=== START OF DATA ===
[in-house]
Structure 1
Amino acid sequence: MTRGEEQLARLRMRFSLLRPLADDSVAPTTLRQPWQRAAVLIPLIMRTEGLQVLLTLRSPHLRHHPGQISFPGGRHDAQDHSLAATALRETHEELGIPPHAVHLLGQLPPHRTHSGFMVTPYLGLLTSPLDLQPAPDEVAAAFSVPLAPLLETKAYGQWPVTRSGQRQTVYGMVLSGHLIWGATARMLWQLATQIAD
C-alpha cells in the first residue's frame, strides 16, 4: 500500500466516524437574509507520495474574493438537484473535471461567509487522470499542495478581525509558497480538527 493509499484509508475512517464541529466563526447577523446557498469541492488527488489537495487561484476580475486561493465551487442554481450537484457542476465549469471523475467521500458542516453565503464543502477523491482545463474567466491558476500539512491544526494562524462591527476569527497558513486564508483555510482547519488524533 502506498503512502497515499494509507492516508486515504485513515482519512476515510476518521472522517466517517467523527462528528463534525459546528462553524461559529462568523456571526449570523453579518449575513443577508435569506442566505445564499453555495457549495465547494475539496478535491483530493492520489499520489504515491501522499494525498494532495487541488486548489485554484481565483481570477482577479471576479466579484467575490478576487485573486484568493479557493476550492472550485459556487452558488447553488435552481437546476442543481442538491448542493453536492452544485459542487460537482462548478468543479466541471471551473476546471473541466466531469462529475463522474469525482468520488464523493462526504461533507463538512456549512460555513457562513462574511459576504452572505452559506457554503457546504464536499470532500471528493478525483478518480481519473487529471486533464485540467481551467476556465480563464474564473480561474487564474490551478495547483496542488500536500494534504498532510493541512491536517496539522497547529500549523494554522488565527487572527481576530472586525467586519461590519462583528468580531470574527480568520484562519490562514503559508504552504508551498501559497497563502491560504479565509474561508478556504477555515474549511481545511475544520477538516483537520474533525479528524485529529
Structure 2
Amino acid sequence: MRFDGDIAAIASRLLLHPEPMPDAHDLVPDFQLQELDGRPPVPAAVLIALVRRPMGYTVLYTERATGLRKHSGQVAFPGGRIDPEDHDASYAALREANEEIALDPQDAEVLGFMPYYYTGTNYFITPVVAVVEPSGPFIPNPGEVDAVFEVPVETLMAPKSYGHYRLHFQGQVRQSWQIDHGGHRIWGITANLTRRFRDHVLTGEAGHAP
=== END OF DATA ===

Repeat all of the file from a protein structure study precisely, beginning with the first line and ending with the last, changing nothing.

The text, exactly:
[in-house]
Structure 1
Amino acid sequence: MTRGEEQLARLRMRFSLLRPLADDSVAPTTLRQPWQRAAVLIPLIMRTEGLQVLLTLRSPHLRHHPGQISFPGGRHDAQDHSLAATALRETHEELGIPPHAVHLLGQLPPHRTHSGFMVTPYLGLLTSPLDLQPAPDEVAAAFSVPLAPLLETKAYGQWPVTRSGQRQTVYGMVLSGHLIWGATARMLWQLATQIAD
C-alpha cells in the first residue's frame, strides 16, 4: 500500500466516524437574509507520495474574493438537484473535471461567509487522470499542495478581525509558497480538527 493509499484509508475512517464541529466563526447577523446557498469541492488527488489537495487561484476580475486561493465551487442554481450537484457542476465549469471523475467521500458542516453565503464543502477523491482545463474567466491558476500539512491544526494562524462591527476569527497558513486564508483555510482547519488524533 502506498503512502497515499494509507492516508486515504485513515482519512476515510476518521472522517466517517467523527462528528463534525459546528462553524461559529462568523456571526449570523453579518449575513443577508435569506442566505445564499453555495457549495465547494475539496478535491483530493492520489499520489504515491501522499494525498494532495487541488486548489485554484481565483481570477482577479471576479466579484467575490478576487485573486484568493479557493476550492472550485459556487452558488447553488435552481437546476442543481442538491448542493453536492452544485459542487460537482462548478468543479466541471471551473476546471473541466466531469462529475463522474469525482468520488464523493462526504461533507463538512456549512460555513457562513462574511459576504452572505452559506457554503457546504464536499470532500471528493478525483478518480481519473487529471486533464485540467481551467476556465480563464474564473480561474487564474490551478495547483496542488500536500494534504498532510493541512491536517496539522497547529500549523494554522488565527487572527481576530472586525467586519461590519462583528468580531470574527480568520484562519490562514503559508504552504508551498501559497497563502491560504479565509474561508478556504477555515474549511481545511475544520477538516483537520474533525479528524485529529
Structure 2
Amino acid sequence: MRFDGDIAAIASRLLLHPEPMPDAHDLVPDFQLQELDGRPPVPAAVLIALVRRPMGYTVLYTERATGLRKHSGQVAFPGGRIDPEDHDASYAALREANEEIALDPQDAEVLGFMPYYYTGTNYFITPVVAVVEPSGPFIPNPGEVDAVFEVPVETLMAPKSYGHYRLHFQGQVRQSWQIDHGGHRIWGITANLTRRFRDHVLTGEAGHAP